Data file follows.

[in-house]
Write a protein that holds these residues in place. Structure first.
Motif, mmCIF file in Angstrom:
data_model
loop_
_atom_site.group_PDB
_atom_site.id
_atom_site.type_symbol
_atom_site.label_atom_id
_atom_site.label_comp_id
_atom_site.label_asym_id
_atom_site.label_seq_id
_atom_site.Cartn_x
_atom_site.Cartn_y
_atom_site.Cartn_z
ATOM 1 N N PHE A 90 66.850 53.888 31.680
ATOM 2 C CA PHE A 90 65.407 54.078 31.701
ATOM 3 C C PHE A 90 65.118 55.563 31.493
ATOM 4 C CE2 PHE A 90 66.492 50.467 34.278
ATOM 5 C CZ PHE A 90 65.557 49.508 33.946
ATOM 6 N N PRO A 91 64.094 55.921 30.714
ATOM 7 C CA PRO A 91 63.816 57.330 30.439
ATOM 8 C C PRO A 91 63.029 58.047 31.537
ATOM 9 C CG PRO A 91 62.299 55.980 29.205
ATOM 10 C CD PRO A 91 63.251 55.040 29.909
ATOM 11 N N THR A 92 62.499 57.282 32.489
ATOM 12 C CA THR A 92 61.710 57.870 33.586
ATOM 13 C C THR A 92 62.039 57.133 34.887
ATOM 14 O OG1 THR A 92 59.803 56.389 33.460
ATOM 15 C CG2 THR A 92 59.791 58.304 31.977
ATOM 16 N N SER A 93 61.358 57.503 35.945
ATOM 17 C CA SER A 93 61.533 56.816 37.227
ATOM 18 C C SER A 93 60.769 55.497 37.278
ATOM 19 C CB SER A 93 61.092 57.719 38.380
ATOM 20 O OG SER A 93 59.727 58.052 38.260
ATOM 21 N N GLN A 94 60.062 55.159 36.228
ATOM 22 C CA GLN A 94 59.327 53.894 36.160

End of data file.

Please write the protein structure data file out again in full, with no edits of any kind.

[in-house]
Write a protein that holds these residues in place. Structure first.
Motif, mmCIF file in Angstrom:
data_model
loop_
_atom_site.group_PDB
_atom_site.id
_atom_site.type_symbol
_atom_site.label_atom_id
_atom_site.label_comp_id
_atom_site.label_asym_id
_atom_site.label_seq_id
_atom_site.Cartn_x
_atom_site.Cartn_y
_atom_site.Cartn_z
ATOM 1 N N PHE A 90 66.850 53.888 31.680
ATOM 2 C CA PHE A 90 65.407 54.078 31.701
ATOM 3 C C PHE A 90 65.118 55.563 31.493
ATOM 4 C CE2 PHE A 90 66.492 50.467 34.278
ATOM 5 C CZ PHE A 90 65.557 49.508 33.946
ATOM 6 N N PRO A 91 64.094 55.921 30.714
ATOM 7 C CA PRO A 91 63.816 57.330 30.439
ATOM 8 C C PRO A 91 63.029 58.047 31.537
ATOM 9 C CG PRO A 91 62.299 55.980 29.205
ATOM 10 C CD PRO A 91 63.251 55.040 29.909
ATOM 11 N N THR A 92 62.499 57.282 32.489
ATOM 12 C CA THR A 92 61.710 57.870 33.586
ATOM 13 C C THR A 92 62.039 57.133 34.887
ATOM 14 O OG1 THR A 92 59.803 56.389 33.460
ATOM 15 C CG2 THR A 92 59.791 58.304 31.977
ATOM 16 N N SER A 93 61.358 57.503 35.945
ATOM 17 C CA SER A 93 61.533 56.816 37.227
ATOM 18 C C SER A 93 60.769 55.497 37.278
ATOM 19 C CB SER A 93 61.092 57.719 38.380
ATOM 20 O OG SER A 93 59.727 58.052 38.260
ATOM 21 N N GLN A 94 60.062 55.159 36.228
ATOM 22 C CA GLN A 94 59.327 53.894 36.160